One is the loneliest number when it comes to sales
There is no sales force. We’re not selling a product, we’re providing a bid service. I can crank out the bids with the help of my staff. Should there be more to sales or am I smart to keep things lean?
Thoughts of the day: Responding to bids is highly competitive. Companies that want to grow margin learn how to get additional business without being the low bidder. The owner of a growing firm can’t be its only salesperson.
In bidding, the greater fool theory takes hold. An enthusiastic optimist bids less in order to get the work. A qualified firm offers an unusually low price to keep cash flow going or to build its portfolio in a particular niche. An unqualified firm sneaks in and steals the show with a good bid. Over time, bid prices decline and margins deteriorate.
There are advantages to pursuing work through bidding. Getting onto bid lists can increase a company’s pipeline of opportunity. Bidding can level the playing field, limiting a favored seller’s influence. Publication of bid results can reveal information about competitors.
Once your company has submitted a number of bids, it’s time to evaluate results. Are you winning anything? Or, coming closer to winning? For example, are you moving from second runner-up to first runner-up? Can your company do the work at the winning bid’s price and make a profit?
If you can answer “yes,” keep going with more bids. More than one “no” answer? Quickly change with your bidding process. Or, quit bidding — figure out what, when, why you lose — then avoid those kinds of bids. Losing bids means wasted effort. Redirect energy into more productive sales activities. Assign someone to working a list of targets.
Look for companies that don’t typically bid or that have a reputation for working with key suppliers. Seek out buyers with unique and constantly evolving requirements that, when met, eliminate most other suppliers. Invest in getting to know those buyers. Find out which ones will purchase without going through sealed bids.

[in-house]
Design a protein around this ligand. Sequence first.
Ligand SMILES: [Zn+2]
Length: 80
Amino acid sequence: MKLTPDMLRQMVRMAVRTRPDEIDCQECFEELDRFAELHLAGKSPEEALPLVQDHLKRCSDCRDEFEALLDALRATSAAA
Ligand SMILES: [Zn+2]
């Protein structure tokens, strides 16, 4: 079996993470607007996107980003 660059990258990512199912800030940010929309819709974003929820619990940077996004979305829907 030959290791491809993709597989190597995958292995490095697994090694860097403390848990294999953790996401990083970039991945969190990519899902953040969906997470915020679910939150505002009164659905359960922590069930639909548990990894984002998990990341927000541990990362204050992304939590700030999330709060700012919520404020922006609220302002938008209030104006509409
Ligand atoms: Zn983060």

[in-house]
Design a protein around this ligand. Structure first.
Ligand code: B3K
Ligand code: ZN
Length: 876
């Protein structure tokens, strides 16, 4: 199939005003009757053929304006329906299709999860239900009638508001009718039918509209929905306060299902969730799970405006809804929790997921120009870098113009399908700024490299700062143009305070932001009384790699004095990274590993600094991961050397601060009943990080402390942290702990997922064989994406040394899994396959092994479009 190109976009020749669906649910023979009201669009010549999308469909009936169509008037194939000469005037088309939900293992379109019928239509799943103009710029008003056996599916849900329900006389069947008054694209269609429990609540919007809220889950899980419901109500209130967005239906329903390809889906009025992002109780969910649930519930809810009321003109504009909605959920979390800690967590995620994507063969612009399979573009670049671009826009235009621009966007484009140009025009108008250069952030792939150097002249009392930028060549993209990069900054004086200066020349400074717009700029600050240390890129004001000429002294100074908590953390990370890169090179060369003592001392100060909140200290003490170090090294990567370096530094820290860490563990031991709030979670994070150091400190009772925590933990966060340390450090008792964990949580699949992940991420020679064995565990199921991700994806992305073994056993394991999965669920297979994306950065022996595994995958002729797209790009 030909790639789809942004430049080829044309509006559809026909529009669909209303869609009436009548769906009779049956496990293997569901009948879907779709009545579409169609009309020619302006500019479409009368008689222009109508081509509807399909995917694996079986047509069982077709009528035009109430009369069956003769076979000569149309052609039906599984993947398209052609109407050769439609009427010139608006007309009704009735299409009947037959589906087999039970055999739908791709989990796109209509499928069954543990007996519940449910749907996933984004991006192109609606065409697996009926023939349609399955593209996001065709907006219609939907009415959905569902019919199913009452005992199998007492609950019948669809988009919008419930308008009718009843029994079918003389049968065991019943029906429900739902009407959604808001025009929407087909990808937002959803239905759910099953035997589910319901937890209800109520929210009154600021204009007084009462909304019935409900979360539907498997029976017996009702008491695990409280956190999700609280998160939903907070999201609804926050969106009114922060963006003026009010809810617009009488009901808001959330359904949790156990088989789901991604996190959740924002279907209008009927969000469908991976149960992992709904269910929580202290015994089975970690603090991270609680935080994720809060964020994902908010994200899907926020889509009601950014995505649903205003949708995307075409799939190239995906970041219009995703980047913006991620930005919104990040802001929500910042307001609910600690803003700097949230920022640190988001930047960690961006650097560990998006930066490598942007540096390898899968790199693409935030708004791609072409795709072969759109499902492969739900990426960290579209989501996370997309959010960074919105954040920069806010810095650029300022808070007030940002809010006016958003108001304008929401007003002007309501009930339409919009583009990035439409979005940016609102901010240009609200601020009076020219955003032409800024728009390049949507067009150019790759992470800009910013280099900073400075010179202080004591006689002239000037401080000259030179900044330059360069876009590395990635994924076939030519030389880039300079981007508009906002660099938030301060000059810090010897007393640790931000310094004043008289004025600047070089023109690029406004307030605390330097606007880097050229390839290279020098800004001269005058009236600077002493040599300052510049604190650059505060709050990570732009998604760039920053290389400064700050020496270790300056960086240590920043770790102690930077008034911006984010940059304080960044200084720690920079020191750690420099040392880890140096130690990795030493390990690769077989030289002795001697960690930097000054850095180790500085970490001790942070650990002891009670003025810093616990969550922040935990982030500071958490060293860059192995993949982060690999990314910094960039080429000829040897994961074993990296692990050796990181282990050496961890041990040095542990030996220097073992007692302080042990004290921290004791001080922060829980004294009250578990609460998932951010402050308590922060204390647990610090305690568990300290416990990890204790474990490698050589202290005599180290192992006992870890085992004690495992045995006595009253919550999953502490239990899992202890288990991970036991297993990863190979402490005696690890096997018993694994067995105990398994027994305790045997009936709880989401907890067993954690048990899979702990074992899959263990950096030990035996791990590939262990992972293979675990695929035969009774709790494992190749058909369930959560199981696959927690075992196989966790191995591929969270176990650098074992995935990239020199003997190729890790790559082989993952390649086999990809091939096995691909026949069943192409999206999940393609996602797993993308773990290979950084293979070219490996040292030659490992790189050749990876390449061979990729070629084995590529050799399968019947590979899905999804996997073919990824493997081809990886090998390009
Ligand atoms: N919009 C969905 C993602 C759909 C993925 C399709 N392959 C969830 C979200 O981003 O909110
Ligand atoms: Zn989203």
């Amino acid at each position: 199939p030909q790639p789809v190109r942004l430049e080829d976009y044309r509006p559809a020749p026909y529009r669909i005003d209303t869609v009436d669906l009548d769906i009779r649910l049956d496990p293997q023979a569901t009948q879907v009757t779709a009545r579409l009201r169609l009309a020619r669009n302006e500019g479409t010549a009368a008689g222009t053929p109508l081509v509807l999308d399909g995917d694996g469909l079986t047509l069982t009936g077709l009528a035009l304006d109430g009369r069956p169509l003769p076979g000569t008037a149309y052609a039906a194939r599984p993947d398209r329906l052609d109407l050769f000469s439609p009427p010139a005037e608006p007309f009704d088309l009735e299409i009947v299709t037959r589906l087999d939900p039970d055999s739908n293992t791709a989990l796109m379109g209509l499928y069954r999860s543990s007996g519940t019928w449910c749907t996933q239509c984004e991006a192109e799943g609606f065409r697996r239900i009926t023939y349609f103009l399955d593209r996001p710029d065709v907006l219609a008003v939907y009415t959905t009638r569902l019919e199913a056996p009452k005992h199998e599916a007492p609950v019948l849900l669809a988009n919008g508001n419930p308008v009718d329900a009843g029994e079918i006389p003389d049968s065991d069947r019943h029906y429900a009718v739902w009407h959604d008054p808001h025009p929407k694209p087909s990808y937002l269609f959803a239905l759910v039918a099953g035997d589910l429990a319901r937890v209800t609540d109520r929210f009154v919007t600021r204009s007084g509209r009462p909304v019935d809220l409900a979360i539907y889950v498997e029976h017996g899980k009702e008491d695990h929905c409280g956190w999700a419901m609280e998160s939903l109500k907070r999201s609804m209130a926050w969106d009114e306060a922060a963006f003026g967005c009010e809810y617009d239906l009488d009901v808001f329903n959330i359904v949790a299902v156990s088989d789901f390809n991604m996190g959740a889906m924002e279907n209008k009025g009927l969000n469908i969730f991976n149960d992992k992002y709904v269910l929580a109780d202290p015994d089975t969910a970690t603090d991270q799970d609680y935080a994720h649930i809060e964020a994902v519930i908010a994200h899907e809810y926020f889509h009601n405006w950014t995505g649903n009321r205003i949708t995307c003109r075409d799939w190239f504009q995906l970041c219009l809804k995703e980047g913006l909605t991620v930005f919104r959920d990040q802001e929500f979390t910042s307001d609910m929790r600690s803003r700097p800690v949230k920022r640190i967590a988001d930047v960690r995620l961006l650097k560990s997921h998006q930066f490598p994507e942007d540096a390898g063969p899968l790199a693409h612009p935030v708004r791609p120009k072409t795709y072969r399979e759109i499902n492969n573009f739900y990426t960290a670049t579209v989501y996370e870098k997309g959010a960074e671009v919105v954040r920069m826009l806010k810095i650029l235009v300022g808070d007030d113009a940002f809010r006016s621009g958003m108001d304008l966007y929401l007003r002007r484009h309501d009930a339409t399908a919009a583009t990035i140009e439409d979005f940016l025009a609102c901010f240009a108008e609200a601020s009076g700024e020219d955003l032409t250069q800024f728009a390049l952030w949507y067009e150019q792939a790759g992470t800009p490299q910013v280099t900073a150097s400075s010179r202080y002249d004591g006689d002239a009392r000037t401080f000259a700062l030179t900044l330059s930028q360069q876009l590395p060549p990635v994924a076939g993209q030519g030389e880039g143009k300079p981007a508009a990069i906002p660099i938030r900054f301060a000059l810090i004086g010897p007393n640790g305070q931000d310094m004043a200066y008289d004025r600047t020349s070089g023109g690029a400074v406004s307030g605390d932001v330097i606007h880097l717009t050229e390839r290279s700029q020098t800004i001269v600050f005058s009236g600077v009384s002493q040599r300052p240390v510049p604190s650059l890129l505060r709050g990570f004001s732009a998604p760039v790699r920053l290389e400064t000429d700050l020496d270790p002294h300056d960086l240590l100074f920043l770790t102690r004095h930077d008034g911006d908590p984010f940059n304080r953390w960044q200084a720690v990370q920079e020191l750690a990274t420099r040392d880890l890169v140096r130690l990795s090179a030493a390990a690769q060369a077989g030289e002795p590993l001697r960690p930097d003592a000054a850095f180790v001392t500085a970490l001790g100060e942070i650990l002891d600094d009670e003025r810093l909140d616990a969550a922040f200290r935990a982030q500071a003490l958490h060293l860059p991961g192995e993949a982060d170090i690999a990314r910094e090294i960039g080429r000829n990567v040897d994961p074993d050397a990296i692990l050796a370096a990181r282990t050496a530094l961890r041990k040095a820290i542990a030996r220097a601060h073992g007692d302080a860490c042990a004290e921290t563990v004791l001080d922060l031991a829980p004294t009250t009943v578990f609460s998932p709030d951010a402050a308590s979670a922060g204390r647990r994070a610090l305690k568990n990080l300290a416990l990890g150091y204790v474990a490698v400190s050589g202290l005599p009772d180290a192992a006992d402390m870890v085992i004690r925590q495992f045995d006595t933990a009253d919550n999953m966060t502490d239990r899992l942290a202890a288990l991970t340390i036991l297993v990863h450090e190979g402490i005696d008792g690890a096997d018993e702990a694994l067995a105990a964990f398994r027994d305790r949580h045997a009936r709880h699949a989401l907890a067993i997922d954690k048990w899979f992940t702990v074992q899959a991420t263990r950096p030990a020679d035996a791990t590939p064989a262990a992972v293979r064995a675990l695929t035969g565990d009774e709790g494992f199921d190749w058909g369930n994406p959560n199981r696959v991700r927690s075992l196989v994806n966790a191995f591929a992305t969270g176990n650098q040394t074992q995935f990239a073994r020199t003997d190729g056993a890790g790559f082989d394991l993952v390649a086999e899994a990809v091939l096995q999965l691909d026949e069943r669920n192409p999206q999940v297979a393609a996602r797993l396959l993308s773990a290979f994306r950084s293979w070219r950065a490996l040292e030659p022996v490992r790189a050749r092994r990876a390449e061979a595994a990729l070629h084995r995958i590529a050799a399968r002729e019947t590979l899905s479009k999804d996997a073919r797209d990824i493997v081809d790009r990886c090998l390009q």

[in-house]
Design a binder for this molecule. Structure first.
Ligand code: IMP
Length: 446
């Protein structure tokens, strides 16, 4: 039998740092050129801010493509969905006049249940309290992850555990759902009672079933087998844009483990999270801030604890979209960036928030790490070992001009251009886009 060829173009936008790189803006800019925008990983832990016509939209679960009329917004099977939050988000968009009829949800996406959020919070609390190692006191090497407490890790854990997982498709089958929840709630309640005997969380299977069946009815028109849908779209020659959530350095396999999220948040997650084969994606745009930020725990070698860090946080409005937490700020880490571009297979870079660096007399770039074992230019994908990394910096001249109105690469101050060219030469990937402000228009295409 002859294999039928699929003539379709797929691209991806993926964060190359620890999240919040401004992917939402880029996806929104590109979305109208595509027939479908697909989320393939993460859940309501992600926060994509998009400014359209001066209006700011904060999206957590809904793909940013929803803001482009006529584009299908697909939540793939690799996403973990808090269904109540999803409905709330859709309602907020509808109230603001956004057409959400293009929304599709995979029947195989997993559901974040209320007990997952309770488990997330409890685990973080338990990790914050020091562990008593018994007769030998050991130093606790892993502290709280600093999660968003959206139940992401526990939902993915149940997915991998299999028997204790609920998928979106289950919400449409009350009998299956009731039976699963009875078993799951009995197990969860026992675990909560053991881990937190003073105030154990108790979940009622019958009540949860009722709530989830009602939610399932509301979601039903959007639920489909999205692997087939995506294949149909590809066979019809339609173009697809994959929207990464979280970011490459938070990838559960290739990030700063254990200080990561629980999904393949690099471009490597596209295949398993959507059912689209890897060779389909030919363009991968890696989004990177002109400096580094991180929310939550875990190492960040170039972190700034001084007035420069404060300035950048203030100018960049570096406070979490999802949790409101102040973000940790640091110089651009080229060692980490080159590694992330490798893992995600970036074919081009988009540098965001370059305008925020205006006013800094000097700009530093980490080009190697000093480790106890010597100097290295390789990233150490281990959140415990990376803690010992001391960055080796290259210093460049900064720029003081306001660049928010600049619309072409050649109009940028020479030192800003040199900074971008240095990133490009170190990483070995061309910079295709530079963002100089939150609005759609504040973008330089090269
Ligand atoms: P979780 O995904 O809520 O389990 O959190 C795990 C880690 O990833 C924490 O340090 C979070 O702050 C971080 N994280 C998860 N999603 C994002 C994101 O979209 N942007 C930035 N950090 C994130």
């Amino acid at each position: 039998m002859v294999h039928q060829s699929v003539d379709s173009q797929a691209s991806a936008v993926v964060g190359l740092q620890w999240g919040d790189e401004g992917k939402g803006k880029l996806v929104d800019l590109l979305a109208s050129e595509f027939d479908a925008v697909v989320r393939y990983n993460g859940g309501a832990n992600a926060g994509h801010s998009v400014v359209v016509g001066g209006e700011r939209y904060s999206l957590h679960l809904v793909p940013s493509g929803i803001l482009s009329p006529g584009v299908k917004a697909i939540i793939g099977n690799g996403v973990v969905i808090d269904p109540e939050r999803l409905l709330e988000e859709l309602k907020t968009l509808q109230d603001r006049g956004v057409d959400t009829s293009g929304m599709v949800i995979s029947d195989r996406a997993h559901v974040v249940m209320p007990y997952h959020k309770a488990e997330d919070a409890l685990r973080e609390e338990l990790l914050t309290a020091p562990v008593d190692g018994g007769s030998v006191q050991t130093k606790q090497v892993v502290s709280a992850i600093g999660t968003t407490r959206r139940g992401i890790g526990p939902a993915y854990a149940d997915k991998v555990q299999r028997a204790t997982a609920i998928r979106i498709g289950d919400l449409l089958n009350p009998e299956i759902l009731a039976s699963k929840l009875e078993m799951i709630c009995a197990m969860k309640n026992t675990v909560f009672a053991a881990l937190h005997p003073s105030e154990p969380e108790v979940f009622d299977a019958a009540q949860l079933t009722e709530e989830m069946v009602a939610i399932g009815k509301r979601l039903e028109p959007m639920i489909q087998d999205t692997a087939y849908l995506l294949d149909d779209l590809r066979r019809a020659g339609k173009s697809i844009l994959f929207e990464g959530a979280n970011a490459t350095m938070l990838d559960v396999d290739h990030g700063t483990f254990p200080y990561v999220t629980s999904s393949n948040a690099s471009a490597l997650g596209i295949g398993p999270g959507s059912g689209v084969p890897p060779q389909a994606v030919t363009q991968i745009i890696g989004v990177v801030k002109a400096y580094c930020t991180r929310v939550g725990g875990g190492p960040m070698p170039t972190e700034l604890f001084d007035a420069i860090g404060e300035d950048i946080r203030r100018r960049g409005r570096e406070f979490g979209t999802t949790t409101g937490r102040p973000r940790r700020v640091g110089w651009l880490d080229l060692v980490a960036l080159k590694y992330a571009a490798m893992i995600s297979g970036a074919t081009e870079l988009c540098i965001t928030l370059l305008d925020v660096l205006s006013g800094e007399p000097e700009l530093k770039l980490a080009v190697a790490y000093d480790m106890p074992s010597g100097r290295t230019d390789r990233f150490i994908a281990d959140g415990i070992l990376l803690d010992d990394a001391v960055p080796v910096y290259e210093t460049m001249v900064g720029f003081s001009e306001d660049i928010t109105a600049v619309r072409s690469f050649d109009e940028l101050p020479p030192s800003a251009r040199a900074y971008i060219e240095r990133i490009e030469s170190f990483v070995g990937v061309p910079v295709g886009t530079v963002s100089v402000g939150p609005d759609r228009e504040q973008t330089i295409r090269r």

Lead the market rather than following it. Be a problem solver and get favorable sales treatment from forward-thinking prospects. Partner with buyers to develop custom solutions in exchange for preferred supplier status.
Want to build exit value for your company? Commit to building a sales and marketing force. One reason most companies participate in a bidding process is because they don’t get enough work from other means. Break the cycle by thinking long term.
It may take a year or more to build an effective sales and marketing team. The sooner you get to work ramping that up, the sooner you’ll see the results. And the less vulnerable your company will be, as it no longer depends on you, the owner, for the next sale.
Think you can’t afford to invest in marketing and sales? Consider the margin your company leaves on the table through competitive bidding. Once you get through the ramp-up cycle, a sales and marketing force will pay for itself in multiple ways. Your new team should produce higher margins, greater volume and a better match with ideal customers who are less difficult to service.
If you don’t want to manage or can’t afford to build a full-time sales force, consider a rep network. Look for people who are already selling to your target market. Get them training and tools to help them sell your offerings. Help them to increase their income by expanding their portfolio.
Looking for a good book? Try “Building a Winning Sales Force: Power Strategies for Driving High Performance” by Andris A. Zoltners, Prebhakant Sinha, and Sally E. Lorimer.
Andi Gray is president of Strategy Leaders Inc., strategyleaders.com a business-consulting firm that specializes in helping entrepreneurial firms grow. She can be reached by phone at (877) 238-3535. Do you have a question for Andi? Please send it to her, via email at AskAndi@StrategyLeaders.com or by mail to Andi Gray, Strategy Leaders Inc., 5 Crossways, Chappaqua, NY 10514. Visit AskAndi.com for an entire library of her articles.